Arafat's death alone will not bring peace to the Middle East
Special to The Times
A joke circulating in Israel claimed that it was taking Yasser Arafat so long to die because the gates of hell wouldn't open for him — Arafat was too evil even for hell.
Arafat as the devil is a popular myth in Israel, but even outside Israel, his demise is seen by some as a potential opening for, finally, some progress in quelling an Arab-Palestinian-Israeli conflict that has lasted 122 years.
Others, meanwhile, predict Arafat's departure from Middle East affairs will draw Palestinians into a cataclysmic civil war.
Neither of those prophecies is necessarily correct. Arafat was, for the past 40 years, one of the most prominent, controversial and outspoken Arab leaders in the world, the creator of the modern national Palestinian movement. But his death, however dramatic, cannot singularly change the politics, and violence, in the Middle East.
Demonizing Arafat was widespread within most political and even academic circles in Israel. It was Arafat who was seen as personally responsible for massive terrorist attacks against Jewish civilians within the Green Line (Israel in its pre-1967 borders). Such a national image of Arafat was very popular until he signed the Oslo peace accord in 1993, and it surfaced again with the eruption of the second intifada, led by Arafat himself, in the late 1990s.
Former Israeli Prime Minister Ehud Barak and most other Israelis blamed Arafat as the only cause for the later demolition of the Oslo accord. That erroneous belief also was held by Presidents Bill Clinton and George W. Bush.
Blaming Arafat for the Oslo failure has some truth in it. He was certainly myopic in misunderstanding the terrible consequences of the second intifada, which has made the miserable conditions of the Palestinians even harsher. But no prime minister in Israel had been able to dismantle the Jewish settlements in the occupied territories of the West Bank, and it is utterly doubtful to what degree Barak would have been able to do so, as well.
Arafat not only failed to maneuver his people to a sustained reconciliation, but also played into the hands of his bitter Israeli enemies, especially in the Jewish right-wing factions.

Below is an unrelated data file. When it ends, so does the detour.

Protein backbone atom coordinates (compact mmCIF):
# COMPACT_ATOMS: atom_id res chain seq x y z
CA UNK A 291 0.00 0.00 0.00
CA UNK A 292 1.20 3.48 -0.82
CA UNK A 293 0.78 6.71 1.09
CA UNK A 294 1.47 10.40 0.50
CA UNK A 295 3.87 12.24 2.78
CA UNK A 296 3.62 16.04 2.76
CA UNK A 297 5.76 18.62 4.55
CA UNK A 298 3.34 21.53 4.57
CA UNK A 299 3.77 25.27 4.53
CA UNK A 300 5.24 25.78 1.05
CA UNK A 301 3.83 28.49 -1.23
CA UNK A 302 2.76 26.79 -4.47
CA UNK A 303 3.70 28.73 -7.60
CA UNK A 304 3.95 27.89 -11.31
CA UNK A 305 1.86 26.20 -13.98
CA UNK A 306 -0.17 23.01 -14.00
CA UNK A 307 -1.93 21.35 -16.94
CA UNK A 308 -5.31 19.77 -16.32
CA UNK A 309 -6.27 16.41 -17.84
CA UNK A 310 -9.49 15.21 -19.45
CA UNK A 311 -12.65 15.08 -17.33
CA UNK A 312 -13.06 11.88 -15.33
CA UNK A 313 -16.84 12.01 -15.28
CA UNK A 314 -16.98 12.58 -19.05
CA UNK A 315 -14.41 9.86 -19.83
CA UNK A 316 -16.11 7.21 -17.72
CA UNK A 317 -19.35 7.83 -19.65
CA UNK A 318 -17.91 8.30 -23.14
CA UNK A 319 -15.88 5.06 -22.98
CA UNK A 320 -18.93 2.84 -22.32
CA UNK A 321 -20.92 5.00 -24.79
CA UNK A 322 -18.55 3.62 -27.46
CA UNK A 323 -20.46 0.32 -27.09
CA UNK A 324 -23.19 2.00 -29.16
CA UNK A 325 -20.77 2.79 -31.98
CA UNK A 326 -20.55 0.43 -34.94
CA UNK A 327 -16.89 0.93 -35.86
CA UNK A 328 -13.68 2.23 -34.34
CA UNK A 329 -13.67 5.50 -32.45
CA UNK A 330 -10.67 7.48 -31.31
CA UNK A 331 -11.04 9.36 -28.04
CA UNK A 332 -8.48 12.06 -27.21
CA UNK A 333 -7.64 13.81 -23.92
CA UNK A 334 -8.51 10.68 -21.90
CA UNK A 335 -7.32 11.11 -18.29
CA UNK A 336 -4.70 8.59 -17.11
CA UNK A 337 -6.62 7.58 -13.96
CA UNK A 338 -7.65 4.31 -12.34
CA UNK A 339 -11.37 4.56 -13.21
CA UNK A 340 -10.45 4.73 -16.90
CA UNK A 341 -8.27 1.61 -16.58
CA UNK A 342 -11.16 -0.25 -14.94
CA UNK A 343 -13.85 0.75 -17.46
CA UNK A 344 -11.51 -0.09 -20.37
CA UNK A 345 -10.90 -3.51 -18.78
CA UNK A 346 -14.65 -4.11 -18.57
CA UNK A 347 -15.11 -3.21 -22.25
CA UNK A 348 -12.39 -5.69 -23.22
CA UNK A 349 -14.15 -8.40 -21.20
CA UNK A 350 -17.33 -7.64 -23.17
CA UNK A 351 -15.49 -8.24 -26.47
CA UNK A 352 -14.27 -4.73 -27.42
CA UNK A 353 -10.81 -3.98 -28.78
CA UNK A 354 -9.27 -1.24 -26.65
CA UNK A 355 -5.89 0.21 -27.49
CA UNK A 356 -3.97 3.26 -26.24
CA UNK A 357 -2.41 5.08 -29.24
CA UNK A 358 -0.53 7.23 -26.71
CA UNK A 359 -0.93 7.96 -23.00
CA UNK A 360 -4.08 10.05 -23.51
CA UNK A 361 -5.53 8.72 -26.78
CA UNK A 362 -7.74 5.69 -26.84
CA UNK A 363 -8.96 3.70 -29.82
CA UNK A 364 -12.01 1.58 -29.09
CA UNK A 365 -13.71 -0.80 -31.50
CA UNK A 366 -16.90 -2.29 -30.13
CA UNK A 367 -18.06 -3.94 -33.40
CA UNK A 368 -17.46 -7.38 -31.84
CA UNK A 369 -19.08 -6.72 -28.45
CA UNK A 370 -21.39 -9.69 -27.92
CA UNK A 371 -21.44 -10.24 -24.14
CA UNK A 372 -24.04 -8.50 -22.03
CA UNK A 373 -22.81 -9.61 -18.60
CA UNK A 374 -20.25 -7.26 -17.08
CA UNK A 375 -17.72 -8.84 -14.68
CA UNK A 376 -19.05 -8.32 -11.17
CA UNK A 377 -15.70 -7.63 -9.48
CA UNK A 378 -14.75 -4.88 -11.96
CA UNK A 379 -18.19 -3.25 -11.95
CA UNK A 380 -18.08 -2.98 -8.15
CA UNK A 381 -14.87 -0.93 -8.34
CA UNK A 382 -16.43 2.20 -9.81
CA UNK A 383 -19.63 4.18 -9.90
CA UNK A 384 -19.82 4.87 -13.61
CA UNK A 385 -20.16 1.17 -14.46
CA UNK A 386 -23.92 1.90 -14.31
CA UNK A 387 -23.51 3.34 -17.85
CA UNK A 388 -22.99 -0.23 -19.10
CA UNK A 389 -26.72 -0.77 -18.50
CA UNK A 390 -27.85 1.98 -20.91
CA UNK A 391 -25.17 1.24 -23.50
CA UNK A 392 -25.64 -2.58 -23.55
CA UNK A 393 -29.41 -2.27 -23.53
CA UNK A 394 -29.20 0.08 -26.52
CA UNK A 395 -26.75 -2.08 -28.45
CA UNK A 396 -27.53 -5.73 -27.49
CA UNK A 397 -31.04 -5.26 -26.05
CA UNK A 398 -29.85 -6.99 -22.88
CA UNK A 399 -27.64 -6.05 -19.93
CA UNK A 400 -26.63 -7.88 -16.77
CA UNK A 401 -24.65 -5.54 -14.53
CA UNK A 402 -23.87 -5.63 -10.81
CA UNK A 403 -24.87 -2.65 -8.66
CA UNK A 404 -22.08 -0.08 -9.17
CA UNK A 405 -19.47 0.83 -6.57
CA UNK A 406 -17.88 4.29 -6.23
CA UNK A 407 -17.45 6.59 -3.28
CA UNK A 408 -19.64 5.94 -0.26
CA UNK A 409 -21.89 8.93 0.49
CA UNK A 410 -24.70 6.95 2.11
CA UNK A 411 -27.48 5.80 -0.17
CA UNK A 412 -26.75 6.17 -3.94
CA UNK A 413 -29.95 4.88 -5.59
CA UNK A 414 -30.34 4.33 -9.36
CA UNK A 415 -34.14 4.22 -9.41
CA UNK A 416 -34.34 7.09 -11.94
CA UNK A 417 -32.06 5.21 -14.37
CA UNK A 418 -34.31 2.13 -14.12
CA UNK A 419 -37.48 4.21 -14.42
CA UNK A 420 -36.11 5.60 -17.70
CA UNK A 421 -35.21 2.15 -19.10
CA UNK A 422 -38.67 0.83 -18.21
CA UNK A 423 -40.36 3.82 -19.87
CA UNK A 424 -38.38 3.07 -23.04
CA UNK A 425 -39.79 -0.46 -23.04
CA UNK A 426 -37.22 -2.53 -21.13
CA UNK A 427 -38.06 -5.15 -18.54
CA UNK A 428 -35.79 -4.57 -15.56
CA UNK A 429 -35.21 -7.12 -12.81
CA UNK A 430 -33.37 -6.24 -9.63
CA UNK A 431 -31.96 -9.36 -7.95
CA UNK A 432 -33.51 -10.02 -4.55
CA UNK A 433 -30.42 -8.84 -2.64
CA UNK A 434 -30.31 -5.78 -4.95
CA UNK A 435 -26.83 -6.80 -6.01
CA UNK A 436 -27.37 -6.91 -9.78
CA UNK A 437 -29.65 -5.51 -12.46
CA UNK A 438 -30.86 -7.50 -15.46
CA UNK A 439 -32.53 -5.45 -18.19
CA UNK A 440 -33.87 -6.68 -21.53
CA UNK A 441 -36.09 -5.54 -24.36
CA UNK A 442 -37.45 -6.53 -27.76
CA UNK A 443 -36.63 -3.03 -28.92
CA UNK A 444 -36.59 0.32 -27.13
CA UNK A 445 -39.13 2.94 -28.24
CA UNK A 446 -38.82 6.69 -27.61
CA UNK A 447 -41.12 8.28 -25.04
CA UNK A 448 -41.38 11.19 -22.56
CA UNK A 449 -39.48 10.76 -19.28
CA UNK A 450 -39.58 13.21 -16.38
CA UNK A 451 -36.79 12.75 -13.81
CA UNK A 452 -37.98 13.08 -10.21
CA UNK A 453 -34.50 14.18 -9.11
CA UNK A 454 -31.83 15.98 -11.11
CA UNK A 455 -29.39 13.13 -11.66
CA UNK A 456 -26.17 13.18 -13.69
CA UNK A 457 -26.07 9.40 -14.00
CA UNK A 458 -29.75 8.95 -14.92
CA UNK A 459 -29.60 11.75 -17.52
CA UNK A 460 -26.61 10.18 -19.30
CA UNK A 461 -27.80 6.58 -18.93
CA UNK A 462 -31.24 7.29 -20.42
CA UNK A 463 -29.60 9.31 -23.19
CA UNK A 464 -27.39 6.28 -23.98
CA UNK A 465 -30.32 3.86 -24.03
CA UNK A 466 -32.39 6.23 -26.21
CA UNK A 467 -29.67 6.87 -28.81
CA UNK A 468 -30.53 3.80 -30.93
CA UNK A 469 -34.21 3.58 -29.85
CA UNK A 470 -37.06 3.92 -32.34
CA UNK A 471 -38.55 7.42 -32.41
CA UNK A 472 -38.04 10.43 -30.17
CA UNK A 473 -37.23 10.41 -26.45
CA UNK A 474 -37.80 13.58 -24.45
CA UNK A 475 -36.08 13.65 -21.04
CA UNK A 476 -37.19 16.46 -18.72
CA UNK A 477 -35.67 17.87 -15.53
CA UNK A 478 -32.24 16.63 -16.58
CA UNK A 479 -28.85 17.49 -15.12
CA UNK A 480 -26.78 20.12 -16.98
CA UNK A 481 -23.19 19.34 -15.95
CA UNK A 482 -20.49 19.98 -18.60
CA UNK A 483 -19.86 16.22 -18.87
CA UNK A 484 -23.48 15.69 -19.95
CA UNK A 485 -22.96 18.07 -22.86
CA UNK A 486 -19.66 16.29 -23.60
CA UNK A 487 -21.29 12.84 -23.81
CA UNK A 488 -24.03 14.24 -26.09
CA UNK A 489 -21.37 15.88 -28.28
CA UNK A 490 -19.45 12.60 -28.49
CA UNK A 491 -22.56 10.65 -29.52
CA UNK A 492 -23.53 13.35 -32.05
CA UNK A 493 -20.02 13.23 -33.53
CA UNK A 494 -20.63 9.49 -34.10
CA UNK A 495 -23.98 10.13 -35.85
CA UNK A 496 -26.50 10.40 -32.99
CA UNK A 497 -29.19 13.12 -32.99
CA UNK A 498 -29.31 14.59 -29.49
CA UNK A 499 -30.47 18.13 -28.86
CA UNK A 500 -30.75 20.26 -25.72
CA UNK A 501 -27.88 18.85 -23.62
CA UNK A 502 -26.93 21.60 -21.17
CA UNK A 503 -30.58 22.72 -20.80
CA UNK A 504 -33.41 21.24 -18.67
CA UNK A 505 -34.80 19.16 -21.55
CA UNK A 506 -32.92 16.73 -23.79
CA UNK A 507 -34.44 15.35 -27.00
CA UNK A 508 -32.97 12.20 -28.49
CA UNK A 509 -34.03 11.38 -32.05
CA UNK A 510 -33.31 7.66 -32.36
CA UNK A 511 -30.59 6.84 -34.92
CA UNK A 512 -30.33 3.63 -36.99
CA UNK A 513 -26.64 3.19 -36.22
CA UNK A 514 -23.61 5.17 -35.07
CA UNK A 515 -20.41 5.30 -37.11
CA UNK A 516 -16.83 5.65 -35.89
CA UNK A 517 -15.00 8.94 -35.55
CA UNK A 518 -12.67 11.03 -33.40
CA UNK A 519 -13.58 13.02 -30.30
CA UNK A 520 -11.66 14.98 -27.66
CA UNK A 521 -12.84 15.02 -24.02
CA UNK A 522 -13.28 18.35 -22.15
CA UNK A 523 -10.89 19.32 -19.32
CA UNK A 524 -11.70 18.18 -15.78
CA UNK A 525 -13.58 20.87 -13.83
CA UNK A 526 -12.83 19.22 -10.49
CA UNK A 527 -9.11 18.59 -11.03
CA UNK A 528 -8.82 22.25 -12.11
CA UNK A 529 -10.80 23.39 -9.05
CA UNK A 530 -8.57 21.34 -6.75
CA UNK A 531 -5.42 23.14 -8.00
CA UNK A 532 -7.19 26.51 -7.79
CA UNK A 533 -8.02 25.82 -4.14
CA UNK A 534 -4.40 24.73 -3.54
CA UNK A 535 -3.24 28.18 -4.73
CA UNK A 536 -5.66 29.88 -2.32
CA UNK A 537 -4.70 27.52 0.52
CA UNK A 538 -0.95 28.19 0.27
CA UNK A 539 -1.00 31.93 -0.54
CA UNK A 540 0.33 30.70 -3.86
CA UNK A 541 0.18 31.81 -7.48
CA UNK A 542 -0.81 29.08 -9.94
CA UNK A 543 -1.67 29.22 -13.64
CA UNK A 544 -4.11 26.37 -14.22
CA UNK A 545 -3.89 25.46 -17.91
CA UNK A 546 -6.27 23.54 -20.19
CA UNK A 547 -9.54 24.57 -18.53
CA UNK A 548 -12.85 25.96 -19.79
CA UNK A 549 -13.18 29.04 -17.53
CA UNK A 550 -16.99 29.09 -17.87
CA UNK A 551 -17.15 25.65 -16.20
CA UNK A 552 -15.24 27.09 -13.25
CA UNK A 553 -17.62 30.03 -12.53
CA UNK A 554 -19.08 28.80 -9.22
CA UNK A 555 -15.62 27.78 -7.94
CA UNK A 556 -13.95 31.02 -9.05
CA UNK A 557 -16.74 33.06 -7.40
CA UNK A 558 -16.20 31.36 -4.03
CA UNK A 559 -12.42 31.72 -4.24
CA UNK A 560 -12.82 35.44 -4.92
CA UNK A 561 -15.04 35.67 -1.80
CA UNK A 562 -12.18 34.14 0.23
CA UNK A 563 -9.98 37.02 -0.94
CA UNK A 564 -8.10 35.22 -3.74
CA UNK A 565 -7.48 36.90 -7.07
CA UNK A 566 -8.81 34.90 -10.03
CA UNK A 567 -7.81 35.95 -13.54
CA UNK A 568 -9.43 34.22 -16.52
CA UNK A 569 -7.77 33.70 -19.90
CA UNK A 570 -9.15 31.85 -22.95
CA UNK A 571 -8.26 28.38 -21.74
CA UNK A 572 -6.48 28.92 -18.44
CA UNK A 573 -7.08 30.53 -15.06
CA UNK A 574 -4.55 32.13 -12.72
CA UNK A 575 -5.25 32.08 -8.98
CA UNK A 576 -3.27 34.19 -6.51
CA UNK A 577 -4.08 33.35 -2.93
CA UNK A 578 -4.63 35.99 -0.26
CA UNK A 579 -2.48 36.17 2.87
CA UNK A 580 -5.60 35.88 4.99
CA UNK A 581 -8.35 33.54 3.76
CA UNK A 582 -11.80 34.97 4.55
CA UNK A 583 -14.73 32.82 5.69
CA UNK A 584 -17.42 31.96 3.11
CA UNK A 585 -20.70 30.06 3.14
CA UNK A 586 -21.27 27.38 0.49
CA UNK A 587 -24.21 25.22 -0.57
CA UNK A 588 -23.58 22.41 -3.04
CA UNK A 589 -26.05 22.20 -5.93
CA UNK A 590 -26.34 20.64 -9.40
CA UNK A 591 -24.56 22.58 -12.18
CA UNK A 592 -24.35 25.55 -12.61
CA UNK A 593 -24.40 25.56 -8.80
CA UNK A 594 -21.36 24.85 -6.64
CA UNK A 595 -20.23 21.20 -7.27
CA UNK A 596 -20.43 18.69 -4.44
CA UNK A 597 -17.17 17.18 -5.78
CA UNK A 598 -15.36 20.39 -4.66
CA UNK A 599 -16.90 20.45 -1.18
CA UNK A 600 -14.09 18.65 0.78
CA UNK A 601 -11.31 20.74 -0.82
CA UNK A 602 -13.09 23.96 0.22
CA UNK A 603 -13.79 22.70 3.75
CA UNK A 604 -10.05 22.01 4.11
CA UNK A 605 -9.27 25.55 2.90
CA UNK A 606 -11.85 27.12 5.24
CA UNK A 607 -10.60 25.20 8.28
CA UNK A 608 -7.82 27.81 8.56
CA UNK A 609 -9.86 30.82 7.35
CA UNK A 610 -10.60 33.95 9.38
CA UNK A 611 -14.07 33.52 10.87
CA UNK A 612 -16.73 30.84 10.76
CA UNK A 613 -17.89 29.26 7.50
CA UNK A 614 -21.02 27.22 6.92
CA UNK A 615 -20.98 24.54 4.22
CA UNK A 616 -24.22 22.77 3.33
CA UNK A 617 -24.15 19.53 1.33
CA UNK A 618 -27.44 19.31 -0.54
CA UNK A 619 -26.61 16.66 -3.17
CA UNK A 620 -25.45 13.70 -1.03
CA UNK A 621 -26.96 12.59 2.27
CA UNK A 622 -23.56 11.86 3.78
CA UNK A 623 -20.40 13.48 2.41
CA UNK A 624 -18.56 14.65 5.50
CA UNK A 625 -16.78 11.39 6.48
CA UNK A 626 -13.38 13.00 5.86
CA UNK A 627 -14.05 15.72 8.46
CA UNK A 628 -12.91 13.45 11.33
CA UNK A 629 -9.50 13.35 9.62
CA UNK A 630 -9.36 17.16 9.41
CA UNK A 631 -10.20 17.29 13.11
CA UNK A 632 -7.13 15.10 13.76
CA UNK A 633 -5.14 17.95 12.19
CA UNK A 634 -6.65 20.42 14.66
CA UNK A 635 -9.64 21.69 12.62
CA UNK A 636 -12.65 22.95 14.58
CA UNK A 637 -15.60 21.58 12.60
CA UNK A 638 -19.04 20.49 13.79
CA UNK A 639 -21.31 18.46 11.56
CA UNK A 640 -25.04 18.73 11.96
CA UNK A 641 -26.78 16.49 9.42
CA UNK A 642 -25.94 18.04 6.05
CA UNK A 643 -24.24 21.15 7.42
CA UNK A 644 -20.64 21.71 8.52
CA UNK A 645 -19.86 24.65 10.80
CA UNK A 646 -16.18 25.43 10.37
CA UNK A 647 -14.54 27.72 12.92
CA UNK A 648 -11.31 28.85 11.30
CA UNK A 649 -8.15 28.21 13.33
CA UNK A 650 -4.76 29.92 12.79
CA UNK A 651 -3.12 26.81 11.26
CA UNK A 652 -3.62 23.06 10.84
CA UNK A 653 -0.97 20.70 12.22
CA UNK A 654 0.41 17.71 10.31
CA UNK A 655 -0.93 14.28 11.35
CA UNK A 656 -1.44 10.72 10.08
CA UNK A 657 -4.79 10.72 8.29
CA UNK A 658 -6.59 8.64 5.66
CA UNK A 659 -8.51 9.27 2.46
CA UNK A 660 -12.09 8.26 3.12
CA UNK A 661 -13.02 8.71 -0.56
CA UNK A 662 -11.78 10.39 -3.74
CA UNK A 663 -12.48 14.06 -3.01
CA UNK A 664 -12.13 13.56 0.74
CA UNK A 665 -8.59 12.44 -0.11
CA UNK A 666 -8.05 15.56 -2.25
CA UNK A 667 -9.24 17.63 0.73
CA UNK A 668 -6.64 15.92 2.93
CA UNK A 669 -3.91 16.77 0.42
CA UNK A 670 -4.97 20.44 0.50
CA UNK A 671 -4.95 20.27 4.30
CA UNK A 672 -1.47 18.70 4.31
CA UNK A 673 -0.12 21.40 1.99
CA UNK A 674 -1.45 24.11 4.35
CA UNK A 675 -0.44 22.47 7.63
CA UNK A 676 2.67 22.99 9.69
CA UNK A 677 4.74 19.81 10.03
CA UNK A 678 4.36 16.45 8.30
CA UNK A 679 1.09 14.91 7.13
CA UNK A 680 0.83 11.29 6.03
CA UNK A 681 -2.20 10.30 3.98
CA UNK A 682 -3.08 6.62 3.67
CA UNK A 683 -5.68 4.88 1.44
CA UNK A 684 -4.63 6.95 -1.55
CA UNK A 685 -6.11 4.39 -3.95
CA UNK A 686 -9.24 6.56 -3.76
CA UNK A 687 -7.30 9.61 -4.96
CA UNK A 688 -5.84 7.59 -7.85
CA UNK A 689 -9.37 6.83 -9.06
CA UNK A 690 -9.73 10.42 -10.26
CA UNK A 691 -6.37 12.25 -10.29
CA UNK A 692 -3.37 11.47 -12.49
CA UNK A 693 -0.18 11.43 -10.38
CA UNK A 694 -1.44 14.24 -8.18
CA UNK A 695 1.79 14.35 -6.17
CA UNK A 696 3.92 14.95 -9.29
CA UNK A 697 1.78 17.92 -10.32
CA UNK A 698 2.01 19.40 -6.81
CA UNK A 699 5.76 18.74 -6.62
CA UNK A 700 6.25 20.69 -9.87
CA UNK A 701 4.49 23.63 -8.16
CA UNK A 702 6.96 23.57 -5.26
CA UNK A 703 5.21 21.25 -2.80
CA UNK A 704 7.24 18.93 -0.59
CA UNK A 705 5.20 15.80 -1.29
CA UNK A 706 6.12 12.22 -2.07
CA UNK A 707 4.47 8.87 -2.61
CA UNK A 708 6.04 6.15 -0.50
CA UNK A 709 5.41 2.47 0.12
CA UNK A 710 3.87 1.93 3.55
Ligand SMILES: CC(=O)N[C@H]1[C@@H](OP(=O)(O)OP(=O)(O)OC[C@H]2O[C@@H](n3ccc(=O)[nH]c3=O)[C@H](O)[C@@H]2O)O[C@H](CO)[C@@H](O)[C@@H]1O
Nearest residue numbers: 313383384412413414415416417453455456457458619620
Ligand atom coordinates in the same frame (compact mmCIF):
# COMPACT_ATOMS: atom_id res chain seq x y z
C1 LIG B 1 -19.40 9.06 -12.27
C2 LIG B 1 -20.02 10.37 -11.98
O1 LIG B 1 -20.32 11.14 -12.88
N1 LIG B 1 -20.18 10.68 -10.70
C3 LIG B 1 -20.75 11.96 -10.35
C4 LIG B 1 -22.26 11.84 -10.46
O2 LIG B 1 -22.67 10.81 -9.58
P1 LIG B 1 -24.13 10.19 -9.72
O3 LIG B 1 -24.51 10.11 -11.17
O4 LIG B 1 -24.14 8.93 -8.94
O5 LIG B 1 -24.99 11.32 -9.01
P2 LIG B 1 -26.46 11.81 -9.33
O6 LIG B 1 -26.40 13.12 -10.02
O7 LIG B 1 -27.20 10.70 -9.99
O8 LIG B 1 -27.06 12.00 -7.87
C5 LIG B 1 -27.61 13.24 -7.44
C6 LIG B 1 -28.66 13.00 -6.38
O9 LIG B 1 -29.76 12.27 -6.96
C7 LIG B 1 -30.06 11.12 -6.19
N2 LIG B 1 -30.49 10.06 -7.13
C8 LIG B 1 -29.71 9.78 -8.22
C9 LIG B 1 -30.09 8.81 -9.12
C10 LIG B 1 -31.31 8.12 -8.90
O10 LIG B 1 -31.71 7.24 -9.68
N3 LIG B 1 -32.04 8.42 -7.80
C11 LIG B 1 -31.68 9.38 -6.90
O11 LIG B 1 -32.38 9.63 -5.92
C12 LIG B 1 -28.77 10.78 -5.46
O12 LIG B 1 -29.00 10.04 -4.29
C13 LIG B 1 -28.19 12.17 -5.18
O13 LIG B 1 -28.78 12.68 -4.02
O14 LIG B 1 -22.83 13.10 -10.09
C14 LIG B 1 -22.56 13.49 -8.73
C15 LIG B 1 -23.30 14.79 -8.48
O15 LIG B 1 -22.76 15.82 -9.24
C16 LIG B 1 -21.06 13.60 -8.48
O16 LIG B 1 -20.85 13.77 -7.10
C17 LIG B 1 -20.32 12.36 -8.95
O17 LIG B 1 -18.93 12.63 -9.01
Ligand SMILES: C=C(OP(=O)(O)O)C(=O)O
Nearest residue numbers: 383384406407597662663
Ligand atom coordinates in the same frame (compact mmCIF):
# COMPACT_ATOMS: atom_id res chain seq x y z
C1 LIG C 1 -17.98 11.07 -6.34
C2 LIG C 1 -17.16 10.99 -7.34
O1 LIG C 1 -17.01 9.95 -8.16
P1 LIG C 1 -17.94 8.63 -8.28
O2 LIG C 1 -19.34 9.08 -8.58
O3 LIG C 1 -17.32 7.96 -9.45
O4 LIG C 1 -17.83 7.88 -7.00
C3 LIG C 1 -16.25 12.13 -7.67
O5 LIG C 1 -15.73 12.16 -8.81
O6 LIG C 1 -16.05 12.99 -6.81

While Arafat's death will expose some of the Israeli excuses for not withdrawing from the occupied territories, it will not change the dominant disposition within the Israeli establishment that even if disengagement from Gaza is sensible, the West Bank is a completely different issue, for military, strategic, historical and religious reasons.
With the death of Arafat, there is no Palestinian figure, either in the occupied territories or in exile, who could replace him both as a charismatic leader and as a founding father. Palestinians are united only around the vague notion of redeeming themselves from the humiliating and cruel Israeli occupation, gaining control of all Palestinian territories, and declaring Al-Kudtz — Jerusalem — as their capital.
Meanwhile, Gaza Strip is undergoing a humanitarian crisis, and the West Bank is approaching that stage. The levels of child malnutrition and unemployment in Gaza have crossed the 50-percent marks. Israel's uncertain disengagement from Gaza will not redeem the Palestinians.
The international community must intervene, not militarily but economically. Hampered by lack of a charismatic, influential, moderate leadership, on the one hand, and by a surplus of radical terrorist groups on the other, the Palestinians are unable to improve their conditions, and Israel can be trusted not to make their lives easier.
The Bush administration should change its policy drastically. Instead of supporting almost blindly the Israeli establishment, it should approach Europe, call for an international conference, and declare the Middle East a disaster region that deserves urgent humanitarian, international assistance.
Such a new tack by the Bush administration can serve both Palestinians and Jews, and be part of a larger policy of U.S. military withdrawal from the Middle East.
The only policy that can reduce the violence is to change the atmosphere through international cooperation and humanitarian involvement. The death of one "devil" will not bring peace without also the gradual demise of other devils haunting the Middle East, including the diabolical image of the United States in the minds of most Palestinians and Arabs.
International cooperation to save the Middle East is the only replacement policy before al-Qaida sets in.
Gad Barzilai, a professor of political science and law at Tel Aviv University, is a visiting professor at the University of Washington's Jackson School of International Studies and Comparative Law and Society Studies Center. His most recent book is "Communities and Law: Politics and Cultures of Legal Identities" (University of Michigan Press, 2003).
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